April 07
On Friday, 7 April 2017 at 15:14:40 UTC, Walter Bright wrote:
> https://github.com/dlang/dmd/pull/6680
>
> Yes, this is for real! Symantec has given their permission to relicense it. Thank you, Symantec!

Congrats! That's a big win, and you deserve all the merits!

Enjoy the moment!

---
Paolo
April 07
On Friday, 7 April 2017 at 22:02:31 UTC, Walter Bright wrote:
> I'll defer to Martin Nowak on what to do about that.
>
> It would help for those who need this for specific versions to let Martin know which ones.

Great, thanks -- I'll follow up with Martin on slack.
April 07
On Fri, Apr 07, 2017 at 10:38:36PM +0100, rikki cattermole via Digitalmars-d-announce wrote:
> On 07/04/2017 10:03 PM, WhatMeWorry wrote:
[...]
> > I've been coding in D for years now but was unaware of this issue. Could someone give this licensing neophyte an explanation and some history?
> 
> So dmd's backend came directly from dmc. This makes sense as this is
> the time of Digital Mars creation (Walter has been working with this
> code base pretty much since before I was born).
> Because of how history went, it was owned by Symantic yet Digital Mars
> still developed it.
> 
> So its usage within dmd caused problems, i.e. with packaging and distributing because it required explicit permission from Digital Mars so that Symantic wouldn't get sued.
> 
> Maybe Walter can clarify but this is what I have gathered over the years.

There's also the aspect, AIUI, that Walter has refrained from looking at / contributing to the code for any other compiler backend, in order to avoid legal complications arising from possible "tainting" from the dmd backend code. E.g., if he were to submit a patch to the gcc backend, Symantec could in theory come back and sue the gcc guys claiming that their code is based on the dmc backend and so they have to pay royalties.  Or if he were to read the code for gcc's backend, Symantec could in theory accuse him of incorporating GPL code into the dmc backend (since he's still working on the backend every now and then), which is incompatible with the license.

Of course, IANAL so this relicensing may not necessarily imply that Walter is now free to read / work on other compiler backends. Nor does he necessarily want to do so anyway.

But regardless, this is a major step forward at least in the aspect of finally putting to rest the "D is non-free" FUD that's been spreading around over the years.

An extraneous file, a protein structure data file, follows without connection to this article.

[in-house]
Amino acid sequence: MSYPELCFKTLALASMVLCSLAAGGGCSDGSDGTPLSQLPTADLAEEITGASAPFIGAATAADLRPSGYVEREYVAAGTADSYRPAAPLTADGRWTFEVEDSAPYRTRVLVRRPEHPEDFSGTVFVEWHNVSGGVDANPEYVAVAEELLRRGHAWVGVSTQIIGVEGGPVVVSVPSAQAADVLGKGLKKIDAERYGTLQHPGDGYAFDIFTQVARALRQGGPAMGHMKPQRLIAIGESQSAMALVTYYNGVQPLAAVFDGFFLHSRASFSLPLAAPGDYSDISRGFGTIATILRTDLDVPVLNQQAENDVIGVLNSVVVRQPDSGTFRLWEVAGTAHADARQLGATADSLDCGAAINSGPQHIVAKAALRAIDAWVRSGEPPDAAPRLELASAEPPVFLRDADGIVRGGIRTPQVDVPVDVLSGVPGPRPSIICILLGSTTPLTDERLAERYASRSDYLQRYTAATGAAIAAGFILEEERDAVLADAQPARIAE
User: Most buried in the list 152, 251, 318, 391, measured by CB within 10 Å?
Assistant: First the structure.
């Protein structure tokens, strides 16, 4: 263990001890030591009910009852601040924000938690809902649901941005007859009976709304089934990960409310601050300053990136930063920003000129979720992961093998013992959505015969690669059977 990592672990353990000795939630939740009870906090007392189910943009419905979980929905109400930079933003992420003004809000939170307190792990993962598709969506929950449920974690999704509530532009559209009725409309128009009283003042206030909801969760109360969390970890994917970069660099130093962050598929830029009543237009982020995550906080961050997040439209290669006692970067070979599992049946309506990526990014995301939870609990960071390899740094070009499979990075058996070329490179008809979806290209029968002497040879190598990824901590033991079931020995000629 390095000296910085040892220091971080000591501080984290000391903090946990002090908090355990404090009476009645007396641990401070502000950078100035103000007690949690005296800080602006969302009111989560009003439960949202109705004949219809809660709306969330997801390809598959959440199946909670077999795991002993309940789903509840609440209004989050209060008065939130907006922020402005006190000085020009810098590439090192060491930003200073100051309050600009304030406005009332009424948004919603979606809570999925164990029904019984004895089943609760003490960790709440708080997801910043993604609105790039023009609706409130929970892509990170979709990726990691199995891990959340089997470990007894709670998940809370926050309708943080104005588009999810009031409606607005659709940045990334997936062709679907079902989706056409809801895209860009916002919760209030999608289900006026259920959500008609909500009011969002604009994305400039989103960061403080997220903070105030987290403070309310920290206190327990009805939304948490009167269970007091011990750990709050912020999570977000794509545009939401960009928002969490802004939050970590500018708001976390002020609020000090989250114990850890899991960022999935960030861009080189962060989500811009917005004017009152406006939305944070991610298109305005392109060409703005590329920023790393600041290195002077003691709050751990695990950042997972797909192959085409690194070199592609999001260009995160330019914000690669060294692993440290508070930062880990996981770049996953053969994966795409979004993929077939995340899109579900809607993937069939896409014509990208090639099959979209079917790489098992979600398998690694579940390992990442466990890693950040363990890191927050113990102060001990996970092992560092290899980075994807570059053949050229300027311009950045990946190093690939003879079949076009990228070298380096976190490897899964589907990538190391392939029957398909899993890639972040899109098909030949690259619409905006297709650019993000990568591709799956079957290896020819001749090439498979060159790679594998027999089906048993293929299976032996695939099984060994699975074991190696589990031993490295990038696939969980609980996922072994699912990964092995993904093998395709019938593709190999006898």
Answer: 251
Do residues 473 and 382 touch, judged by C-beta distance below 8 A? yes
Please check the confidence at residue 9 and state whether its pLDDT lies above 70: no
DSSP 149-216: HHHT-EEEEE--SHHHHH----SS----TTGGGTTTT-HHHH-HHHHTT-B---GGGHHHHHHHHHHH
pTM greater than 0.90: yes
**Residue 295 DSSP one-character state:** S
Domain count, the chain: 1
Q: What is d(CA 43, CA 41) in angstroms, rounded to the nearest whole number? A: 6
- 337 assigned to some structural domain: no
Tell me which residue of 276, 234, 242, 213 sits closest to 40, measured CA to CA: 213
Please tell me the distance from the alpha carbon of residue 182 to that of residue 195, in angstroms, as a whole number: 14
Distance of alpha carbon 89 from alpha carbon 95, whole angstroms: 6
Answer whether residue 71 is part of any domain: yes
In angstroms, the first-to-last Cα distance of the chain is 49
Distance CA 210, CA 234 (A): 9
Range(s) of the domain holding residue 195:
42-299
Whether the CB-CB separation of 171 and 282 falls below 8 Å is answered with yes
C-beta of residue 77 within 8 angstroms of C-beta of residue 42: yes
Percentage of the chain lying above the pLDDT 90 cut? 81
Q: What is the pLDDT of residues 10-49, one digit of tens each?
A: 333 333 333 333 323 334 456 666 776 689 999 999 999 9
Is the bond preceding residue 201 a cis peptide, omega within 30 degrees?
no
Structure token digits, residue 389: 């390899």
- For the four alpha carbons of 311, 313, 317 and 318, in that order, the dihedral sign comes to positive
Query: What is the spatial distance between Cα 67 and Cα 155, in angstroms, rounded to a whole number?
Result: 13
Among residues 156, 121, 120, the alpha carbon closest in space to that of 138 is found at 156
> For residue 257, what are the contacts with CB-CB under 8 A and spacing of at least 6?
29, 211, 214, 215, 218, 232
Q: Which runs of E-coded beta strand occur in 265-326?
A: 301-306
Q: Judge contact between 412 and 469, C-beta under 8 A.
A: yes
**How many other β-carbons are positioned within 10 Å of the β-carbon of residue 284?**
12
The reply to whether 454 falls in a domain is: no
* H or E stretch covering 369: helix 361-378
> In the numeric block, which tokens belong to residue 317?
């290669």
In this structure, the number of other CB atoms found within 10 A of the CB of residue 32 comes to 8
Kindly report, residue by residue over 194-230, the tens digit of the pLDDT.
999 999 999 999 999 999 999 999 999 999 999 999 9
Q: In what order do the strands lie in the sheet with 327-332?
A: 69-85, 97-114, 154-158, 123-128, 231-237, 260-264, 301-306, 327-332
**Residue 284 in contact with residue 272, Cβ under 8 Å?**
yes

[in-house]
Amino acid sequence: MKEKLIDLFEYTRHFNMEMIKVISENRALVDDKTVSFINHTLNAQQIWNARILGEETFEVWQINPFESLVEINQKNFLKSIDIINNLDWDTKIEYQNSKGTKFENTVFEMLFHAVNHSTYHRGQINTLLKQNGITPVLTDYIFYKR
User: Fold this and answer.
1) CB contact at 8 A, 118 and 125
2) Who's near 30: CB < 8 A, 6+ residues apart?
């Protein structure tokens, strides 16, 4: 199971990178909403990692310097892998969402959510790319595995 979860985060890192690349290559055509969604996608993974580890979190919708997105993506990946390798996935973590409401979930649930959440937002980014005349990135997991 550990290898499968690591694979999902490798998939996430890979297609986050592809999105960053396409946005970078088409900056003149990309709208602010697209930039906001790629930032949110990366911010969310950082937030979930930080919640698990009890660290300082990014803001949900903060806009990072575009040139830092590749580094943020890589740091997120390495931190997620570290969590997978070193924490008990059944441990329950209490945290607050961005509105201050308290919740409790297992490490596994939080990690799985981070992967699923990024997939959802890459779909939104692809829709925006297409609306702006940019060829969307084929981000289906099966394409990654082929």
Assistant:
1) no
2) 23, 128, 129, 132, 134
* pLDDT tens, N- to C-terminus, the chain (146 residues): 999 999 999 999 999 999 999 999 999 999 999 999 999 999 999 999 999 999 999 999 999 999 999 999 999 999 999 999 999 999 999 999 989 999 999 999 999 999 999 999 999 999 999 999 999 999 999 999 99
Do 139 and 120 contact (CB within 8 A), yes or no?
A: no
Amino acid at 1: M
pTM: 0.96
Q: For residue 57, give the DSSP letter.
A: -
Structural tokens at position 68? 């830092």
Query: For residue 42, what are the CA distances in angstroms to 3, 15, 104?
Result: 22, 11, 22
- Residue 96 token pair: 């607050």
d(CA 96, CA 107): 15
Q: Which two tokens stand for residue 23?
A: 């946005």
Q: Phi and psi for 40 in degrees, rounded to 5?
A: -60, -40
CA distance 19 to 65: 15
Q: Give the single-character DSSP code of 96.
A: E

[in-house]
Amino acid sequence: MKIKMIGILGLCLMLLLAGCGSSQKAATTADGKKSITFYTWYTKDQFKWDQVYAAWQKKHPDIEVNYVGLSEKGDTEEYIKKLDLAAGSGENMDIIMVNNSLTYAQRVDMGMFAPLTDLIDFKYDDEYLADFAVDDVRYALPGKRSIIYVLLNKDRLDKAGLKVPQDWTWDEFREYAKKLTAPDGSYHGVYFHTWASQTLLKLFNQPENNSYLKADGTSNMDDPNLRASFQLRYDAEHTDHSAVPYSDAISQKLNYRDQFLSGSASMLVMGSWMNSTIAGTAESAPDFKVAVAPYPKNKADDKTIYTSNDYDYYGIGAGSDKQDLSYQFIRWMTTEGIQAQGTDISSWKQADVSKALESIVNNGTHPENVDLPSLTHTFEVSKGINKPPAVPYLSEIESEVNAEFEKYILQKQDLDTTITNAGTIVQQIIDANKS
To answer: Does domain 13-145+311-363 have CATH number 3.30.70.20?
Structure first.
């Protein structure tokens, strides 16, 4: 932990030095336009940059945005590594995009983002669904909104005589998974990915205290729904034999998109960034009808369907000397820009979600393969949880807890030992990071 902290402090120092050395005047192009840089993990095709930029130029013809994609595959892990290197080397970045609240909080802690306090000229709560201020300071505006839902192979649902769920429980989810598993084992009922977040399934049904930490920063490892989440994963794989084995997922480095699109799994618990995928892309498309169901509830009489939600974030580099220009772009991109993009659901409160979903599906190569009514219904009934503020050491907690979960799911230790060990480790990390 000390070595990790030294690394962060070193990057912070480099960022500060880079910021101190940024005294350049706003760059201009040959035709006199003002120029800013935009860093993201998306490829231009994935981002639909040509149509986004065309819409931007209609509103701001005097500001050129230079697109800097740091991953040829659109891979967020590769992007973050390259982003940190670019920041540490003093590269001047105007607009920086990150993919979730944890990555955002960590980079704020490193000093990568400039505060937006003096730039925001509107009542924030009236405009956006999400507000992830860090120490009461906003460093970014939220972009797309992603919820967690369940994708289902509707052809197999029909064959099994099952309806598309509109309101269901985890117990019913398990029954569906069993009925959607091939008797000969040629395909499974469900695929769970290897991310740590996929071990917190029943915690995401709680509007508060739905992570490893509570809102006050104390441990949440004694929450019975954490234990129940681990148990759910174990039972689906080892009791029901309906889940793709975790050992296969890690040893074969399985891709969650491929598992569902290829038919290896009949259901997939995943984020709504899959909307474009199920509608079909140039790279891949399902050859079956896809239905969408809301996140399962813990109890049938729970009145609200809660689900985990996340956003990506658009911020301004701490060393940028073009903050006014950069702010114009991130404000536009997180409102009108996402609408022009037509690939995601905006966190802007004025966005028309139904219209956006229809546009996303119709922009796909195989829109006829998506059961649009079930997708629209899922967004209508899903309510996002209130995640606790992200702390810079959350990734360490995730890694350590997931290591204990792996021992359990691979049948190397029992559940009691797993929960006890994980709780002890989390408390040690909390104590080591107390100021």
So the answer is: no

T

-- 
Bare foot: (n.) A device for locating thumb tacks on the floor.
April 07
On 4/7/2017 3:22 PM, David Nadlinger wrote:
> Just to clarify for people not usually frequenting these circles: LDC does
> support DMD-style inline assembly, but we use a different implementation.


Thanks for pointing that out, I didn't know that. I just assumed LDC would have gone with a clang-style inline assembler (does clang even have inline asm?).
April 07
On Friday, 7 April 2017 at 15:14:40 UTC, Walter Bright wrote:
> https://github.com/dlang/dmd/pull/6680
>
> Yes, this is for real! Symantec has given their permission to relicense it. Thank you, Symantec!

Something that just popped into my head:

You've said that you've avoided ever looking at other compiler's code to avoid legal trouble. Is that problem gone now?
April 07
On 4/7/2017 3:57 PM, Jack Stouffer wrote:
> You've said that you've avoided ever looking at other compiler's code to avoid
> legal trouble. Is that problem gone now?

No, unless the other compiler is Boost as well.
April 07
Now #1 on r/programming subreddit!
April 08
Jack Stouffer wrote:

> On Friday, 7 April 2017 at 15:14:40 UTC, Walter Bright wrote:
>> https://github.com/dlang/dmd/pull/6680
>>
>> Yes, this is for real! Symantec has given their permission to relicense it. Thank you, Symantec!
>
> Something that just popped into my head:
>
> You've said that you've avoided ever looking at other compiler's code to avoid legal trouble. Is that problem gone now?

nope. GPL programmers can safely look into BSDL code, for example, 'cause it is ok to put GPL alongside of BSDL. but BSDL programmers can't "just take" GPL code.

that is, it is prolly nobody will sue Walter for "copying GPL code", but it is better to be safe than sorry.

this is how i see the things, of course, it's not the authoritative answer.
April 08
On Friday, 7 April 2017 at 22:57:39 UTC, Walter Bright wrote:
> Thanks for pointing that out, I didn't know that. I just assumed LDC would have gone with a clang-style inline assembler (does clang even have inline asm?).

LDC supports both DMD-style asm {} blocks as well as LLVM's native inline assembly format, which is very similar to GCC's, with explicit clobber specifications and explicit parameter passing (https://wiki.dlang.org/LDC_inline_assembly_expressions). The latter is useful on non-x86 platforms as well as to allow more optimizations of functions using inline asm such as inlining (although inlining in particular can also be enabled for DMD-style asm blocks using a pragma).

There are also inline IR expressions for the few situations where you don't want to drop down all the way to inline assembly but still need to crack open the hood and control the emitted LLVM IR: https://wiki.dlang.org/LDC_inline_IR. For example, we use it to implement some target-independent SIMD intrinsics in the library.

 — David
April 08
On Friday, 7 April 2017 at 15:14:40 UTC, Walter Bright wrote:
> https://github.com/dlang/dmd/pull/6680
>
> Yes, this is for real! Symantec has given their permission to relicense it. Thank you, Symantec!

Excellent, good work.
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